Between 2013 and 2014, most of the Iarnród Éireann Mark 3s were scrapped at Waterford, Dundalk, and Adelaide Depot in Belfast.


In 1987, ten sleepers were leased to Danish State Railways.[32] They returned in November 1998 and placed in store at MoD Kineton.[51][52][53]


In 1994, three sleepers were sold to Swiss bogie manufacturer Schweizerische Industrie Gesellschaft for tilt train testing.[33]


See also


  1. ^ a b "Mk 3s milestone as 300 scrapped, but some find a new use". Rail. No. 928. 7 April 2021. p. 30.
  2. ^ Haresnape, Brian (June 1983). British Rail Fleet Survey 5: High Speed Trains. Shepperton: Ian Allan. pp. 62–64. ISBN 0-7110-1297-0. GE/0683.
  3. ^ Haresnape, Brian (1983). British Rail Fleet Survey, 5: High Speed Trains. Ian Allan. pp. 4–7. ISBN 0-71101297-0.
  4. ^ "Next generation of BR coaches emerges" Railway Gazette International April 1972 page 145
  5. ^ "BREL International train".
  6. ^ "BREL International train".
  7. ^ "Mk3s enter traffic on Cornish sleeper". Rail Magazine. No. 539. 10 May 2006. p. 3.
  8. ^ "FGW replaces Mark 2s with Mark 3s on Sleeper". Today's Railways UK. No. 55. July 2006. p. 61.
  9. ^ "Grand Central Railway to operate HST power cars and loco-hauled Mk3s". The Railway Centre. 5 October 2006. Archived from the original on 28 November 2006.((cite web)): CS1 maint: unfit URL (link)
  10. ^ "Refurbished Virgin Mark 3 rake enters traffic". Today's Railways UK. No. 93. September 2009. p. 66.
  11. ^ "Virgin Pretendolio Withdrawn". Modern Railways. November 2014.
  12. ^ "VT's Pretendolino Mk3s end daytime WCML working". Rail Magazine. No. 761. 12 November 2014. p. 26.
  13. ^ "D2 waste exemption: depositing waste from a railway sanitary convenience". GOV.UK.
  14. ^ Tom Geoghegan (24 July 2003). "Toilet waste 'hampers rail repairs'". BBC News. Retrieved 13 November 2013.
  15. ^ "Toilet waste 'sprays' track staff". BBC News. 6 August 2006. Retrieved 13 November 2013.
  16. ^ Ungoed-Thomas, Jon; Clover, Charles (9 January 2011). "Rail bosses face EU inquiry over sewage on tracks". The Sunday Times. London. Archived from the original on 13 November 2013. Retrieved 13 November 2013. (subscription required)
  17. ^ "End 'disgusting' train toilet sewage – Lady Kramer". BBC News. 13 November 2013. Retrieved 13 November 2013.
  18. ^ "CrossCountry marks retirement of iconic High Speed Train fleet with final farewell trip | CrossCountry". CrossCountry Trains. Retrieved 8 December 2023.
  19. ^ a b "Great Western short HST set testing begins". The Railway Magazine. 11 April 2018. Retrieved 28 May 2018.
  20. ^ "Chiltern Railways puts refurbished Mk III coaches into service". Railway Gazette.
  21. ^ "Intercity train upgrade scheme to provide over 600,000 extra seats per year". Greater Anglia.
  22. ^ "Mark III carriage refurbishment commences". Greater Anglia.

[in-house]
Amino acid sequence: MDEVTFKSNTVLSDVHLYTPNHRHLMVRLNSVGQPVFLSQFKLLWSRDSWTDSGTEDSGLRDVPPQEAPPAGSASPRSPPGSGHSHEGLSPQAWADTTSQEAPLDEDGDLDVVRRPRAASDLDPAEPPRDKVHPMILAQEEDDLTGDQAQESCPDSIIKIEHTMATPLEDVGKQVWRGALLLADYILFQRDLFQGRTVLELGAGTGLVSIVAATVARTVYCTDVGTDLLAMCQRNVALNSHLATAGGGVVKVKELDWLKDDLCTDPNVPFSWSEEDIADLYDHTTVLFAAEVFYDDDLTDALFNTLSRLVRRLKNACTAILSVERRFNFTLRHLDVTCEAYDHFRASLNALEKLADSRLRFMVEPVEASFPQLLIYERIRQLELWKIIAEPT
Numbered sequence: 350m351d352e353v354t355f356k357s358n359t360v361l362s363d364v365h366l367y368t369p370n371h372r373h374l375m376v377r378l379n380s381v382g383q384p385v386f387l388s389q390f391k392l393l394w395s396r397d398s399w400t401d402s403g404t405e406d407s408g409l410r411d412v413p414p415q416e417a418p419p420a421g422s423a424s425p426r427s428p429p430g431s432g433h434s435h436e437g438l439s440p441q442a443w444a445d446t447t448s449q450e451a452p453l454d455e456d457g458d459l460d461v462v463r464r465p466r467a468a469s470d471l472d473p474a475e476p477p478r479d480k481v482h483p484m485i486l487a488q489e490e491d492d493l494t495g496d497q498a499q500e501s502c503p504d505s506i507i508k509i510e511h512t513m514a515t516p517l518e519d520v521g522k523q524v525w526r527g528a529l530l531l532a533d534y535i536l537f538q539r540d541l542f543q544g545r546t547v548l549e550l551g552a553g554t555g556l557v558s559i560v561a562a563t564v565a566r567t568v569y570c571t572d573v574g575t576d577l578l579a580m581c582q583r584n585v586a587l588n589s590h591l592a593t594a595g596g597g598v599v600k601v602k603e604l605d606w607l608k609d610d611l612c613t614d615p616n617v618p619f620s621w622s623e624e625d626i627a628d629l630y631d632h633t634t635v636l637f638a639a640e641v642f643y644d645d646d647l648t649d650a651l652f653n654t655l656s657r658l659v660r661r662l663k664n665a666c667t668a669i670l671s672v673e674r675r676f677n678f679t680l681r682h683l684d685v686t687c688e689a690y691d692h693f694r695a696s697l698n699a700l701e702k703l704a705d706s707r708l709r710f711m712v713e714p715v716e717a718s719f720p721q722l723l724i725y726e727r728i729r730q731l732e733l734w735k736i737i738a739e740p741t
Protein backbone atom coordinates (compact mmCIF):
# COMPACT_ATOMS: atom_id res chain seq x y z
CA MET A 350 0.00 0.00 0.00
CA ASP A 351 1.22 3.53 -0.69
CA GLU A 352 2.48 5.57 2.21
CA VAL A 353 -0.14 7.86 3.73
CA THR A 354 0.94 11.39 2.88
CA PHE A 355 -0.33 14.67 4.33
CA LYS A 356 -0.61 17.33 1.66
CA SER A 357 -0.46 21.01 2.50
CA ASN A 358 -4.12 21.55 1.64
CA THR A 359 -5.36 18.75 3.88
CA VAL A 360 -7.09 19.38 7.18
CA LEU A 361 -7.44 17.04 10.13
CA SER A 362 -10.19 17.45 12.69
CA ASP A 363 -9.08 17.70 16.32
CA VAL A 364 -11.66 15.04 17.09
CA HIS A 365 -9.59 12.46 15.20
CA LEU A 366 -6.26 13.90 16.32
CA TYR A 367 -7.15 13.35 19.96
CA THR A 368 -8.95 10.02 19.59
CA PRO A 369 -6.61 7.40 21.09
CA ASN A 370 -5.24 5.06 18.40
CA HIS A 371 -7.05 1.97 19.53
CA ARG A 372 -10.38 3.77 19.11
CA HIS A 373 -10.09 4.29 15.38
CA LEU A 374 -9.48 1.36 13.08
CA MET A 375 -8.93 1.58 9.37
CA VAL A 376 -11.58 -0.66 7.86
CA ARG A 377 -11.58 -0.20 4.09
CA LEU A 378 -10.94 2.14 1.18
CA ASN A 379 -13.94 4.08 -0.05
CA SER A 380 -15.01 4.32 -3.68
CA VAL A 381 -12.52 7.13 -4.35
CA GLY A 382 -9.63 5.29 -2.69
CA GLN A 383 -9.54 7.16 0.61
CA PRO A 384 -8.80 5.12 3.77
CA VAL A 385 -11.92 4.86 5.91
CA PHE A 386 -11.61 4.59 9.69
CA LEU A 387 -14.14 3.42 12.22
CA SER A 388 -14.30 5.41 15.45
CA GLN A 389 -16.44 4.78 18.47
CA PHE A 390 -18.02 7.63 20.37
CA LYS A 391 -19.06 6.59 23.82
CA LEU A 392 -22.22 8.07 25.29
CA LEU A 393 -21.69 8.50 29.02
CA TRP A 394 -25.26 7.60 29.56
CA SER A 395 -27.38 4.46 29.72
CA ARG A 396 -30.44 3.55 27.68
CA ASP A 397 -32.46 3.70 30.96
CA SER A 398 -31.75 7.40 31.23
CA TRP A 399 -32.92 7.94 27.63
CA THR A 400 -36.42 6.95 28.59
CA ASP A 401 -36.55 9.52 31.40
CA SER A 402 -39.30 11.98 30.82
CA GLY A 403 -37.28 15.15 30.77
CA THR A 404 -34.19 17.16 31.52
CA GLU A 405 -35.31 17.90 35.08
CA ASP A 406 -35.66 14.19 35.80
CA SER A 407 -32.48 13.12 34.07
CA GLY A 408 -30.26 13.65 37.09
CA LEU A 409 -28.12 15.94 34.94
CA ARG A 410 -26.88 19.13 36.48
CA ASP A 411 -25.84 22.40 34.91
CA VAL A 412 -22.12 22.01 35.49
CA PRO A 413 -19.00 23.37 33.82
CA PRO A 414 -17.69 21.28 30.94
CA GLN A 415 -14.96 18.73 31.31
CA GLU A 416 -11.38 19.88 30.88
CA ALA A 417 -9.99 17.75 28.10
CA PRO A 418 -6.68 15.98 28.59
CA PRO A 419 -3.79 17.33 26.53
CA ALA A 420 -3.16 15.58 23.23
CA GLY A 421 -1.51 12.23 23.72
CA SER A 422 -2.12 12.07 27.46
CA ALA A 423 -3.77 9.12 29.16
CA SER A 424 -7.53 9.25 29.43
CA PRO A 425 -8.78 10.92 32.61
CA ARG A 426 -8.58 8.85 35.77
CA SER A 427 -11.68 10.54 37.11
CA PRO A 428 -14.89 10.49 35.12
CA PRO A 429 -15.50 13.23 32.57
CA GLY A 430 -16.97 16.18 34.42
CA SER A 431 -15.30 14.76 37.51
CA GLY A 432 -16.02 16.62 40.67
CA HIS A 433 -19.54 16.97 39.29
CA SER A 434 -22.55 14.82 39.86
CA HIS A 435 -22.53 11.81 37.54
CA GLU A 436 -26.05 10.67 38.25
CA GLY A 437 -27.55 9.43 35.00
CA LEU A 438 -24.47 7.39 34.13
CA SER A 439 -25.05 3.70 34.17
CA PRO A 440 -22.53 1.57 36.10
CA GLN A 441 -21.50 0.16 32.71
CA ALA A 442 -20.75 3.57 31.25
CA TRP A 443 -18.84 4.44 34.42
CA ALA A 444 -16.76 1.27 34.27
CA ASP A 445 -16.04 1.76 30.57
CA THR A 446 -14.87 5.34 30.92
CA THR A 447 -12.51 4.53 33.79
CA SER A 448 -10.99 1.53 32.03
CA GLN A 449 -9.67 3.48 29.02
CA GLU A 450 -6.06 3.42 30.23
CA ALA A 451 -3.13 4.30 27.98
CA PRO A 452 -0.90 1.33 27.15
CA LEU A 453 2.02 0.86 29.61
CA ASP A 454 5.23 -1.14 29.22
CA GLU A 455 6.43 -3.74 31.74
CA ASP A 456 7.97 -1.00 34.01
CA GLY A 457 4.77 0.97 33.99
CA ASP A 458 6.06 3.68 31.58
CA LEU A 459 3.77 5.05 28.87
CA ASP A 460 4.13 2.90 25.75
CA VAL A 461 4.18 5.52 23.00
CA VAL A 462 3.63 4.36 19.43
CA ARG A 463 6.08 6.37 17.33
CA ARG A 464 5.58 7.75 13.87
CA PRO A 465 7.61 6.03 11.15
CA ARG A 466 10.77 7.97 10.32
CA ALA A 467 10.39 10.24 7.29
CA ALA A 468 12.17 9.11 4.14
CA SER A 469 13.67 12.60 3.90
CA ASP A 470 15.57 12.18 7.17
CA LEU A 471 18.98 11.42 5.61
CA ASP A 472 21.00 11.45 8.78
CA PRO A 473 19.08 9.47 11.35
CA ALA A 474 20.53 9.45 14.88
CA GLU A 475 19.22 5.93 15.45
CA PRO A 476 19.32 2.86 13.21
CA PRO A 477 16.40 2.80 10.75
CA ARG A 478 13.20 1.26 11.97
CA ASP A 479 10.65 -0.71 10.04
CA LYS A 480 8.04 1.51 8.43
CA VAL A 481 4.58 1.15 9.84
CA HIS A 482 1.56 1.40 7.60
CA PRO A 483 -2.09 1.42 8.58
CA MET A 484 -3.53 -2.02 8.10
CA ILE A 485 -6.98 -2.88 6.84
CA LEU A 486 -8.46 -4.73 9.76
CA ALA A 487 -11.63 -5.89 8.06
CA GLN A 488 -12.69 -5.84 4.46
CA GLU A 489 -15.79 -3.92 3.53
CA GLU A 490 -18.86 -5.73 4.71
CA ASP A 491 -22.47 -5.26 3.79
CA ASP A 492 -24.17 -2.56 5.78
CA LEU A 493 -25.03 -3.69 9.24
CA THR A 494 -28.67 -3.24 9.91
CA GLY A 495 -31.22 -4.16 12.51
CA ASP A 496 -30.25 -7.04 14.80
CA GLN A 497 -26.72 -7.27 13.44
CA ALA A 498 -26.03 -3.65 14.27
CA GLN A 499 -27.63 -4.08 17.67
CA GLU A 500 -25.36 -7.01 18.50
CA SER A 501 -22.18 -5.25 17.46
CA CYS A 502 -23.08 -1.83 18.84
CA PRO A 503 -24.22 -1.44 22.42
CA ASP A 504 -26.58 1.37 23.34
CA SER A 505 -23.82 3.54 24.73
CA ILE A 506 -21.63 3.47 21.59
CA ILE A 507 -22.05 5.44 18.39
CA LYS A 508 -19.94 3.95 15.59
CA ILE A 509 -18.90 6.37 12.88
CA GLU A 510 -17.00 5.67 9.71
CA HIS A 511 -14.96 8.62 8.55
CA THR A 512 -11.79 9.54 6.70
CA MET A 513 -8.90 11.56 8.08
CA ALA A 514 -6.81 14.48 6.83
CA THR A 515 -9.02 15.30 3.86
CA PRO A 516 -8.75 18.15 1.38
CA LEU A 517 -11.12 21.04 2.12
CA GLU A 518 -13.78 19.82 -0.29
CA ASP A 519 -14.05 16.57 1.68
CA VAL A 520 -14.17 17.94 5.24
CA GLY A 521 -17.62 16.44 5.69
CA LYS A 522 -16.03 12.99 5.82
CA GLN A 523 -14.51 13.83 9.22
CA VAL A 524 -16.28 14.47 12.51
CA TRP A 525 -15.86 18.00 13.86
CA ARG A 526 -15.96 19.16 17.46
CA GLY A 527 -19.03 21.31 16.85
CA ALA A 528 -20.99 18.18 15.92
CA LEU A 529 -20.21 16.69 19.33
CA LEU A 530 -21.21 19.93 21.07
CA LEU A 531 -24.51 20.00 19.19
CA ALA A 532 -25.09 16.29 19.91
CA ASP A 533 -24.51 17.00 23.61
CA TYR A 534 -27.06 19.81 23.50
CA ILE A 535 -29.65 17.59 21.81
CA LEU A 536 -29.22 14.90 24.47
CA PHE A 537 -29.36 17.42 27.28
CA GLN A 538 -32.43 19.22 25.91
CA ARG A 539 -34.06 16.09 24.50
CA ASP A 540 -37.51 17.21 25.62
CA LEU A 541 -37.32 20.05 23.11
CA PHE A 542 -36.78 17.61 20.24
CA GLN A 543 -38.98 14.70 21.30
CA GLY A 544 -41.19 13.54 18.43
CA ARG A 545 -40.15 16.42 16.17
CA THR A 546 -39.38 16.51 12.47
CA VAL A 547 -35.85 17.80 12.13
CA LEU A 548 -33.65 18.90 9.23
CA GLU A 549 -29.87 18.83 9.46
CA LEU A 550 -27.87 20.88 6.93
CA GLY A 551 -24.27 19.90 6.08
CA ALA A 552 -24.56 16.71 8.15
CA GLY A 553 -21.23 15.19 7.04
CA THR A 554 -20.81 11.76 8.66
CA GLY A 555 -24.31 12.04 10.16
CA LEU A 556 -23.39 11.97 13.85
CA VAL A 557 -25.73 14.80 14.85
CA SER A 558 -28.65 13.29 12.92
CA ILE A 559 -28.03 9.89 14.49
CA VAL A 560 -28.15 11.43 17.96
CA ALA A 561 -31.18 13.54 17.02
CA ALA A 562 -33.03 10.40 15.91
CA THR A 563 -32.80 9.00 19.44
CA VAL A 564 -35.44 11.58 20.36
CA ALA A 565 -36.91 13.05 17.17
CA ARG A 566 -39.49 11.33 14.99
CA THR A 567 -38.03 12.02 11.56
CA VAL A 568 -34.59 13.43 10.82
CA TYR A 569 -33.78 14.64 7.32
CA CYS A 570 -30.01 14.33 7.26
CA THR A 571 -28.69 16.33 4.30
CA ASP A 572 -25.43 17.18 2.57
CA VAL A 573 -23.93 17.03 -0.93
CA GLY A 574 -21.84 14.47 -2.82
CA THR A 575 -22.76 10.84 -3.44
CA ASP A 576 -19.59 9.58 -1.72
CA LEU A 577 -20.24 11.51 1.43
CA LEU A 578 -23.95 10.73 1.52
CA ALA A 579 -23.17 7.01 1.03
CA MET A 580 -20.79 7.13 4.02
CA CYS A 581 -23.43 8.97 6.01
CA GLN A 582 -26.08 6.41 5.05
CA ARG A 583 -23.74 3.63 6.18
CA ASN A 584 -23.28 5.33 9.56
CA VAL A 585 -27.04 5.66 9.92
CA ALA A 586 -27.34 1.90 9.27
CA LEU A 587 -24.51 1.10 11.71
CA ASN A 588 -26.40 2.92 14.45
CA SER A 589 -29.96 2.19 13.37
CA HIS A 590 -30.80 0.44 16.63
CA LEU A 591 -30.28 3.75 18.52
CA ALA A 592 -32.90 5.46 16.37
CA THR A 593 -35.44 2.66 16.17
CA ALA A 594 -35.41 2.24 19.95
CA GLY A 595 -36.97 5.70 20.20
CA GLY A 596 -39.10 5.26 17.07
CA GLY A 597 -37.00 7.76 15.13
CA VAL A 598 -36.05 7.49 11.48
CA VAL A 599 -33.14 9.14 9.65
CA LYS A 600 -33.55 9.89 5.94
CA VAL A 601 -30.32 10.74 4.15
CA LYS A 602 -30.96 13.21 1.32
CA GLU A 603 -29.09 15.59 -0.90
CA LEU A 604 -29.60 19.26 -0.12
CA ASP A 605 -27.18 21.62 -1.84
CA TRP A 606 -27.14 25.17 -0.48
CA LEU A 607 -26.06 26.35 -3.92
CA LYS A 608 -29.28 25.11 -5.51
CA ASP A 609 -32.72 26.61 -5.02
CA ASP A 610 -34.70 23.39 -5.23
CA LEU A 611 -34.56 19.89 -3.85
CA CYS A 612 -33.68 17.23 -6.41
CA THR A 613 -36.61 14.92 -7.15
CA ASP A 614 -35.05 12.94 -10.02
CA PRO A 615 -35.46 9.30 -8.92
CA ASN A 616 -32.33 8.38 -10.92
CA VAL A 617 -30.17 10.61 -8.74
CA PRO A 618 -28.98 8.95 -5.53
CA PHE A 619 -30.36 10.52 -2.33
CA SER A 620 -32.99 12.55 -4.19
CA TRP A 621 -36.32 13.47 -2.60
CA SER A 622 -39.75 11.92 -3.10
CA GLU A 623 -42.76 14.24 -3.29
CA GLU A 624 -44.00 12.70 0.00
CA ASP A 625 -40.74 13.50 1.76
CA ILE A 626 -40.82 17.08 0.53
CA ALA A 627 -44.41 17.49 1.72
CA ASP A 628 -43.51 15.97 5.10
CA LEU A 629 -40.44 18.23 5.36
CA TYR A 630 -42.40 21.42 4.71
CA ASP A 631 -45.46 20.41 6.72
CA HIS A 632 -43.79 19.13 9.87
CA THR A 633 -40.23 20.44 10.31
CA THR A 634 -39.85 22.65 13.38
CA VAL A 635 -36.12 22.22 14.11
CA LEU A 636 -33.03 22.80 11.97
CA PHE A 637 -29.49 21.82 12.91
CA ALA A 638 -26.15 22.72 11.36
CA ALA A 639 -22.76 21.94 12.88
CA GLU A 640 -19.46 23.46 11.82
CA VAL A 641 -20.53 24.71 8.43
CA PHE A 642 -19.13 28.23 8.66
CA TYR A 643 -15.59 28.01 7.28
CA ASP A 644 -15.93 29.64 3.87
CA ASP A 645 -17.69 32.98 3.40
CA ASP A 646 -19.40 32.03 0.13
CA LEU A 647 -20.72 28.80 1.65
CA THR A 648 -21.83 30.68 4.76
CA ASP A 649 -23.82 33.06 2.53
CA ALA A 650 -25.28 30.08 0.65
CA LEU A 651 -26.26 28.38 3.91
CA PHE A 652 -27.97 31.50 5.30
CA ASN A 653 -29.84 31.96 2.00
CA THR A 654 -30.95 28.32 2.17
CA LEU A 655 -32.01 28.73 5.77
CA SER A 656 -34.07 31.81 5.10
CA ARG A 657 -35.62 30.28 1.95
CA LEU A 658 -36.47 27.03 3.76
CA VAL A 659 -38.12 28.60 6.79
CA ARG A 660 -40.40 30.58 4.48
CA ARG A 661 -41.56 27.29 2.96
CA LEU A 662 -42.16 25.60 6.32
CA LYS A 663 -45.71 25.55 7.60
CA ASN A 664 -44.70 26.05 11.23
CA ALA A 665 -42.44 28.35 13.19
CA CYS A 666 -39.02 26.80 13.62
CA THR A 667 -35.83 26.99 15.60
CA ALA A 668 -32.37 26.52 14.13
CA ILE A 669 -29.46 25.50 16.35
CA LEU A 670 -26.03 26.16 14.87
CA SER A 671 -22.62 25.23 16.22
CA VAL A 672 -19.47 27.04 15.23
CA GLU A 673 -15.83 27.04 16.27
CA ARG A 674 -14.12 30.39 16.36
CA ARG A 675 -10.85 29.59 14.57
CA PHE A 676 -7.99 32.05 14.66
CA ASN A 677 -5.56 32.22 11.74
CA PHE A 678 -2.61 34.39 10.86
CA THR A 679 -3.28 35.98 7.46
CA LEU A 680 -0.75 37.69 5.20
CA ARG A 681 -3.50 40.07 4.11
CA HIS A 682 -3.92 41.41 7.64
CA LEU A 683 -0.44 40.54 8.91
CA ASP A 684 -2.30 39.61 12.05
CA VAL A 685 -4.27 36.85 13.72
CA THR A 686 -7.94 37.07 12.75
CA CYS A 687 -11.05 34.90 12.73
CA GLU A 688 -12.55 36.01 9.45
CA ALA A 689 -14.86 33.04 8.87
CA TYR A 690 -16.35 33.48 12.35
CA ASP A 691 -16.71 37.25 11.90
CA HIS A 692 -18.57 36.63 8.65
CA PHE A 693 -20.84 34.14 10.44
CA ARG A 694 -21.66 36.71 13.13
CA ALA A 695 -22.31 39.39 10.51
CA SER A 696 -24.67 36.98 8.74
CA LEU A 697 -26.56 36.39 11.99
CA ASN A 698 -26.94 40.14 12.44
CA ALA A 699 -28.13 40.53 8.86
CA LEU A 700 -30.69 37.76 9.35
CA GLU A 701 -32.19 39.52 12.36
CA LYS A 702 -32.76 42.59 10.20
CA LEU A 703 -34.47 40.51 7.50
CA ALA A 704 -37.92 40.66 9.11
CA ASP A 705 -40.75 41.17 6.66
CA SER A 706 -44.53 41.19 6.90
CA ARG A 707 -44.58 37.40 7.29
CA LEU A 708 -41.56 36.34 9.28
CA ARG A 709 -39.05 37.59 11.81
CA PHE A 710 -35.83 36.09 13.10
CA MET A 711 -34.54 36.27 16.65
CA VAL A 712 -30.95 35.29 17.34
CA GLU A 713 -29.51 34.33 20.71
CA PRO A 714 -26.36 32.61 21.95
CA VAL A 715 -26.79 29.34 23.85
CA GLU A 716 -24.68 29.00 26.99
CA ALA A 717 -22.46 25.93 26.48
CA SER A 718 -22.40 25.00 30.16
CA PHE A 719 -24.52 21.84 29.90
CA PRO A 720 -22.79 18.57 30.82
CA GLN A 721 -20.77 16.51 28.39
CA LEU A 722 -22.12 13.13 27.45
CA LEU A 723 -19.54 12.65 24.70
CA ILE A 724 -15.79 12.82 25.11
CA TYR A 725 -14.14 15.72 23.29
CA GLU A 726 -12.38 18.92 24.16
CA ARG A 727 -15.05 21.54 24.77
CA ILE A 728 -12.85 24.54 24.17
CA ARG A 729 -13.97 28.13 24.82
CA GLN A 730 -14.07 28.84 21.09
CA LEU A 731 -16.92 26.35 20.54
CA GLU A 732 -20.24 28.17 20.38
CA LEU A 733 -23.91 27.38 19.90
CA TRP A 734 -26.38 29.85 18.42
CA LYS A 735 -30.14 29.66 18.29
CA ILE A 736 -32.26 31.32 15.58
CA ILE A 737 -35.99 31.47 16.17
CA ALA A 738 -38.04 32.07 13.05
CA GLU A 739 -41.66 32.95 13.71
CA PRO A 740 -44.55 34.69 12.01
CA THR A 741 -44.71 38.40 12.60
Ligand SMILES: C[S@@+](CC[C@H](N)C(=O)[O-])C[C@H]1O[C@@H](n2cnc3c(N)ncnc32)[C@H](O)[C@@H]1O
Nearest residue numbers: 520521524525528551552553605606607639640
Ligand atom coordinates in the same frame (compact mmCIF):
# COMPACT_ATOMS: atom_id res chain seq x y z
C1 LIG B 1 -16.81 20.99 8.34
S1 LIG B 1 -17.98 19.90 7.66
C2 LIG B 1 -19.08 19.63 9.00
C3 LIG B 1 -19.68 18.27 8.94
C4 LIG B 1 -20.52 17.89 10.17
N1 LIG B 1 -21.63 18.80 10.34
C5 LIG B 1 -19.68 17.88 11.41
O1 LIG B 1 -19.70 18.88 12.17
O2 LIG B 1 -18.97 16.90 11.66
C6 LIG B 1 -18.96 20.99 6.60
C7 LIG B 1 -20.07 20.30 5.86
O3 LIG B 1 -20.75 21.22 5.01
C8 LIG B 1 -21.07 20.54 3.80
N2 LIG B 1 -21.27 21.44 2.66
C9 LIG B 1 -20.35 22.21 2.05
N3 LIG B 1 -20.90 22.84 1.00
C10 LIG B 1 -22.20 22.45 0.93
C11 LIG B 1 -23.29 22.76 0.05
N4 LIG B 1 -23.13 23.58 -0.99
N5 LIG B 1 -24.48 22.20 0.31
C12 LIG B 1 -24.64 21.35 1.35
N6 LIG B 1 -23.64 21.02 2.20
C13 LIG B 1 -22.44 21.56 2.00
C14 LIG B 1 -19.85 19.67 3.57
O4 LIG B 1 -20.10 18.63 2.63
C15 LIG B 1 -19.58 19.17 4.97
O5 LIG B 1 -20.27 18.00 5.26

23. ^ "More seats for passengers on Abellio Greater Anglia's Intercity trains". Greater Anglia.
  24. ^ "600,000 extra seats and smarter trains following completion of intercity fleet refurbishment". Greater Anglia.
  25. ^ "Mk3 Locomotive Hauled Coaches" (PDF). Porterbrook. Derby. July 2012. p. 6. Archived from the original (PDF) on 21 February 2015. Retrieved 22 February 2015.
  26. ^ "End of an era as Class 90s leave Greater Anglia". Retrieved 8 December 2023.
  27. ^ Haresnape, Brian (1987). Pullman: travelling in style. London: Ian Allan. ISBN 0-7110-1648-8.[page needed]
  28. ^ Shem, Pennant (7 June 2010). "Latest Gadgets round up: Heart rate monitors, Volo TV and Jinx tees". LatestGadgets. Archived from the original on 13 June 2010. Retrieved 13 June 2010.
  29. ^ "Seat-back TV for FGW passengers". The Railway Magazine. No. 1316. December 2010. p. 76.
  30. ^ "BR replaces sleepers". Railway Gazette International. No. May 1979. p. 386.
  31. ^ "Aberdeen gets MkIII sleepers". Railway Gazette International. No. January 1982. p. 17.
  32. ^ a b "BR sleepers for Denmark". The Railway Magazine. No. 1304. June 1987. p. 391.
  33. ^ a b "Swiss-bound sleeping car". Rail Magazine. No. 234. 31 August 1994. p. 14.
  34. ^ "Tilting SIG test train to visit Britain". Rail Magazine. No. 326. 11 March 1998. p. 6.
  35. ^ "New life for old sleepers". Rail Magazine. No. 267. 6 December 1995. p. 6.
  36. ^ "GNER buys 'new' Mk3 coaches". Rail Magazine. No. 311. 13 August 1997. p. 11.
  37. ^ "GNER prepares to let sleeper conversion contracts". Rail Magazine. No. 321. 31 December 1997. p. 7.
  38. ^ "Welcome to Le growl: Enter the 37/6s". Railway Gazette International. No. 15 February 1995. p. 10.
  39. ^ "UKRL to repair Nightstar Mk3 generator coach". Rail Express. No. 238. March 2016. p. 94.
  40. ^ "Mk 3s for 125mph freight – EWS". Rail Magazine. No. 466. 23 July 2003. p. 13.
  41. ^ "Cascaded LNER HSTs to plug the gap in East Midlands fleet". Retrieved 26 March 2020.
  42. ^ "Quality and more trains key to Abellio's SR franchise". Rail Magazine. No. 760. 29 October 2014. p. 10.
  43. ^ "Grand Central to acquire five FGW 180s". Rail Magazine. No. 759. 15 October 2014. p. 11.
  44. ^ Stadler and Bombardier to supply trains for Abellio East Anglia franchise Railway Gazette International 10 August 2016
  45. ^ Geater, Paul (30 March 2020). "End of the line for traditional trains on Greater Anglia routes". East Anglian Daily Times. Retrieved 31 March 2020.
  46. ^ Our Fleet 125 Group
  47. ^ TGS 44000 for 125 Group 125 Group 1 June 2019
  48. ^ "125 Group buys three coaches". Today's Railways UK. No. 159. March 2015. p. 71.
  49. ^ GCRN Diesel Gala 125 Group 12 September 2019
  50. ^ "Tornado to Haul Mk3s". Modern Railways. No. 181. November 2016. p. 85.
  51. ^ "Exiled Mk 3 sleepers return home after ten years in Denmark". Rail Magazine. No. 346. 16 December 1998. p. 13.
  52. ^ "Danish Sleepers return". Rail Express. No. 33. February 1999. p. 41.
  53. ^ "Danish Mk3 sleepers return to England". The Railway Magazine. No. 1174. February 1999. p. 47.

Further reading

Media related to British Rail Mk3 coaches at Wikimedia Commons